Over the last decade, some of the biggest security threats have come from the use of social networking. The rapid growth of these technologies lets millions of users each day post on Facebook, Twitter, and many other networks. What type of information are they posting?
■ Personal information
■ Location information
■ Friend information
■ Business information
■ Likes and dislikes
The danger of making this wealth of information available is that a curious attacker can piece together clues from these sources and get a clear picture of an individual or a business. With this information in hand, the attacker can make a convincing impersonation of that individual or gain entry into a business by using insider information.
Before you post any type of information on these networks, ask yourself a few questions:
■ Have you thought about what to share?
■ How sensitive is the information being posted, and could it be used negatively?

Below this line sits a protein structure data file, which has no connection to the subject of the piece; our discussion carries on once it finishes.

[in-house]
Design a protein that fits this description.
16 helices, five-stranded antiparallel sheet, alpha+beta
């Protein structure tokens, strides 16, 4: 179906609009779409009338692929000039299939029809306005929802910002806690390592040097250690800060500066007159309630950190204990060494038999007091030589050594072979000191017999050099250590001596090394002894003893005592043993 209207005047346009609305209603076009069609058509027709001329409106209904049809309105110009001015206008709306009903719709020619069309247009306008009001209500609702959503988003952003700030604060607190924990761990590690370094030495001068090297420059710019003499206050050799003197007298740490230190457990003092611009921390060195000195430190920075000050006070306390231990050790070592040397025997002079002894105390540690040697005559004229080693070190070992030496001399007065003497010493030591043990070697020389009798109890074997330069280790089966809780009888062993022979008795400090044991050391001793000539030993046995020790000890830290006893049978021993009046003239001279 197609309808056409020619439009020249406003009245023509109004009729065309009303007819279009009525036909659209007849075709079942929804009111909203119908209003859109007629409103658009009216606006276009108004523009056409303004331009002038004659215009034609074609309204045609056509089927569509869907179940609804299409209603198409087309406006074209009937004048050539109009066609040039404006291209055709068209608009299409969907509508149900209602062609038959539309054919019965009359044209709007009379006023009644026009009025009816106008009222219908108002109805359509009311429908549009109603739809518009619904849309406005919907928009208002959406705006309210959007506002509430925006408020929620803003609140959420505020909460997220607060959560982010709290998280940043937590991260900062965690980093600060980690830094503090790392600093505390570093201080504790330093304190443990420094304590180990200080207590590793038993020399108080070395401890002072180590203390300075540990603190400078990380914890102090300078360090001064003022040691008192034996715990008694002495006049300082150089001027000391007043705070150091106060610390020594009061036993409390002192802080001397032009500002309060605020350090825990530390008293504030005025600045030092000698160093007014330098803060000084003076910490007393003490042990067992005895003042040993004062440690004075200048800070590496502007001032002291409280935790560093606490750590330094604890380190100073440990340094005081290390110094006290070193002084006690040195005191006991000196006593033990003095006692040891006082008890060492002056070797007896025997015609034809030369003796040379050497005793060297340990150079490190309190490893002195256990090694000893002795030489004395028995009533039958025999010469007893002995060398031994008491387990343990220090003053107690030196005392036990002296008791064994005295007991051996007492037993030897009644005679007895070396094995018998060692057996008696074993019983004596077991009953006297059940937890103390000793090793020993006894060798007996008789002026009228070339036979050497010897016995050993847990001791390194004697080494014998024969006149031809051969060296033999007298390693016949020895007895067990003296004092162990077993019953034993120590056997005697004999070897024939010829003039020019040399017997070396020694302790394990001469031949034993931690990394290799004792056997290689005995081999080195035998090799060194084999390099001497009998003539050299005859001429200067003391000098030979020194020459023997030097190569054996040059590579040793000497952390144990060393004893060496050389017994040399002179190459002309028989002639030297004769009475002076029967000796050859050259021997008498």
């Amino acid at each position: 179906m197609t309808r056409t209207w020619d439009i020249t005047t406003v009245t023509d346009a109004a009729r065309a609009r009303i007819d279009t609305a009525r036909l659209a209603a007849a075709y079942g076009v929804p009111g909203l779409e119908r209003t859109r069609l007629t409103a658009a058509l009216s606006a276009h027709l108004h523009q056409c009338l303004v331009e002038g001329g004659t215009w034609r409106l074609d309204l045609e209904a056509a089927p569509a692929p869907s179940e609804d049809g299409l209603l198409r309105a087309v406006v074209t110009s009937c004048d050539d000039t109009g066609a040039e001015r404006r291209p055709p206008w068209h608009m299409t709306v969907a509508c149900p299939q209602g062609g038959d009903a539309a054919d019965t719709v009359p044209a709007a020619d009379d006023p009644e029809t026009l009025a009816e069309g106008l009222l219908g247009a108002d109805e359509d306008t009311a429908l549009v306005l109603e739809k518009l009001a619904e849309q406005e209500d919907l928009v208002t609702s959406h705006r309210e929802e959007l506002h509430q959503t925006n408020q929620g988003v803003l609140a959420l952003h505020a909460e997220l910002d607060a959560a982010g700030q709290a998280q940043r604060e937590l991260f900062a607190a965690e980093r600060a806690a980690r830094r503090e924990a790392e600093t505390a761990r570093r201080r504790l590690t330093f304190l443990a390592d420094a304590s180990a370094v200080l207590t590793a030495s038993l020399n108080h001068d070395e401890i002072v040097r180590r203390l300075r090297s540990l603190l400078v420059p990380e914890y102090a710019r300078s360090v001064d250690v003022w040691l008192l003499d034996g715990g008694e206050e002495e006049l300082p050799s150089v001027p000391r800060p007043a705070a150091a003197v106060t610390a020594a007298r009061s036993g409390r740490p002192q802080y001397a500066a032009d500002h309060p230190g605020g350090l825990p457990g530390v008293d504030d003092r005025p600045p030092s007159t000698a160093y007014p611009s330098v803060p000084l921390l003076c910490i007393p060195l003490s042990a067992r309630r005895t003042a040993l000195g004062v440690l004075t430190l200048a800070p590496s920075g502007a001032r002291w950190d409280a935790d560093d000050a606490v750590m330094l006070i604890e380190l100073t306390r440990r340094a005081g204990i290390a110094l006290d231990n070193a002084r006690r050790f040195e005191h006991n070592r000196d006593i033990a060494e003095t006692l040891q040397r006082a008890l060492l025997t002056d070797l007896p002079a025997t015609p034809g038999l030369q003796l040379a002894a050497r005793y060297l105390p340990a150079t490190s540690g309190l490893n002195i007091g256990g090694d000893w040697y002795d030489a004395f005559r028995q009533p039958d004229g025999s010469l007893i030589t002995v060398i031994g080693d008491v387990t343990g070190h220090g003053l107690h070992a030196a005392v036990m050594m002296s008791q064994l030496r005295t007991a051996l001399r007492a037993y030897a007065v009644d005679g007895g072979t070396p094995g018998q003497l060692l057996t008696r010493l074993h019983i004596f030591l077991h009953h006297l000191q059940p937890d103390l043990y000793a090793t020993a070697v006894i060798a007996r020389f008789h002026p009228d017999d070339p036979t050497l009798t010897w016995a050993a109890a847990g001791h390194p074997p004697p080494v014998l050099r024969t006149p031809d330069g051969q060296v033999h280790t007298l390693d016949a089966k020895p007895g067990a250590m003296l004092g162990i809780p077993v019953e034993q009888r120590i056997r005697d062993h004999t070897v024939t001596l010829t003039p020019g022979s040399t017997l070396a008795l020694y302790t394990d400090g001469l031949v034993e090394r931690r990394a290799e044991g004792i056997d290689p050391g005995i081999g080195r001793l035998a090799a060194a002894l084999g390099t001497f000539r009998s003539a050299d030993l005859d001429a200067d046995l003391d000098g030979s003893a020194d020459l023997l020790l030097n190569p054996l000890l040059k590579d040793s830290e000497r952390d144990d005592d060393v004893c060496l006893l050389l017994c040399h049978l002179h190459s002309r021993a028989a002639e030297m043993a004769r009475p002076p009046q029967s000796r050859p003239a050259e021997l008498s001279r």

■ Is this information that you would freely share offline?
■ Is this information that you wish to make available for a long time, if not forever?
Social networking has made the attacker’s job much easier based on the sheer volume of data and personal information available. In the past, this information may not have been as easy to get; but now, with a few button clicks, it can be had with little time investment. Going back to our earlier exploration of footprinting as part of the attack process, you learned just how powerful unprotected information can be. When employees post information on social networks or other sites, it should always be with a mind toward how valuable the information may be in the wrong hands and whether it is worth posting. It is easy to search social networks and find information that an individual may have shared to too wide an audience.
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